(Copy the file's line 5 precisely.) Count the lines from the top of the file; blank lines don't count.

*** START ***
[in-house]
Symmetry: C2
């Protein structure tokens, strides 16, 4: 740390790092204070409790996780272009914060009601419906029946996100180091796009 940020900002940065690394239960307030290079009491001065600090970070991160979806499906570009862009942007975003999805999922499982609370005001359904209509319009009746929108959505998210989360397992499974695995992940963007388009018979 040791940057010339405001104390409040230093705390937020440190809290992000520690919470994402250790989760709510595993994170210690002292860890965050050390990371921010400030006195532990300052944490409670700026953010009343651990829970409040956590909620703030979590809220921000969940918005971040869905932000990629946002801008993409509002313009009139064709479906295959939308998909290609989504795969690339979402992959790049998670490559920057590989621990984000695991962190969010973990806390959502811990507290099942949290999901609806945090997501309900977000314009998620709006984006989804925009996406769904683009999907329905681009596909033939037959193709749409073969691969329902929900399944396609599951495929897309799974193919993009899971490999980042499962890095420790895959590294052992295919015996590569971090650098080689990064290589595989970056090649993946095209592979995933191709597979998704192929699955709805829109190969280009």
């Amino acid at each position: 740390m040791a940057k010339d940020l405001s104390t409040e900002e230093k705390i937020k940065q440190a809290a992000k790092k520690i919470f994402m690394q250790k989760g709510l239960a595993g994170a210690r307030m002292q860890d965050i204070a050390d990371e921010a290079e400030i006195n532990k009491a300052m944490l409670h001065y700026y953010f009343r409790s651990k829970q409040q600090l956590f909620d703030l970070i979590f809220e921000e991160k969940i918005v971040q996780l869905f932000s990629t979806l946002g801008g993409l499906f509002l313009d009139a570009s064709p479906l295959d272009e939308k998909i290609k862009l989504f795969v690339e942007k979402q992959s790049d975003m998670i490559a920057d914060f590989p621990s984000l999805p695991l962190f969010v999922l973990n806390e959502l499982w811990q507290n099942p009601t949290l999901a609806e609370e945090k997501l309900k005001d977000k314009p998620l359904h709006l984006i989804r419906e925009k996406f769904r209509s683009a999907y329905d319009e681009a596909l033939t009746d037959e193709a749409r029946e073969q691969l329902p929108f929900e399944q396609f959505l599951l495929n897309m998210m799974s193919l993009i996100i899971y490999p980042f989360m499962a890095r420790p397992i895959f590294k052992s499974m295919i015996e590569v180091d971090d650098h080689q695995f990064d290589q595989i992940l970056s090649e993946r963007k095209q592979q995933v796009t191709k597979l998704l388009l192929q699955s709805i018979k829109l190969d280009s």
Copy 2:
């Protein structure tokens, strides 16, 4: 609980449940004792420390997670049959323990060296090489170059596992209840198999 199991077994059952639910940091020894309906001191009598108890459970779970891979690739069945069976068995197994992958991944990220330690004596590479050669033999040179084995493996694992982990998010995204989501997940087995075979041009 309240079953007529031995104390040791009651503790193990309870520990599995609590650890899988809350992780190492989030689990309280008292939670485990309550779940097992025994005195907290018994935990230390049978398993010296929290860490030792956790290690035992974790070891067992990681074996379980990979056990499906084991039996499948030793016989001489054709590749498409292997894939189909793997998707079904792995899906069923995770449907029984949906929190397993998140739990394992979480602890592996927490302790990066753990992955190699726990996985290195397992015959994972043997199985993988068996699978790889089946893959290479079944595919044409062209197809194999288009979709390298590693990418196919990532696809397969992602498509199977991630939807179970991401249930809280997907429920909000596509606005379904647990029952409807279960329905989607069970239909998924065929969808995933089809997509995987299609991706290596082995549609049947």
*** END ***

Copy 2: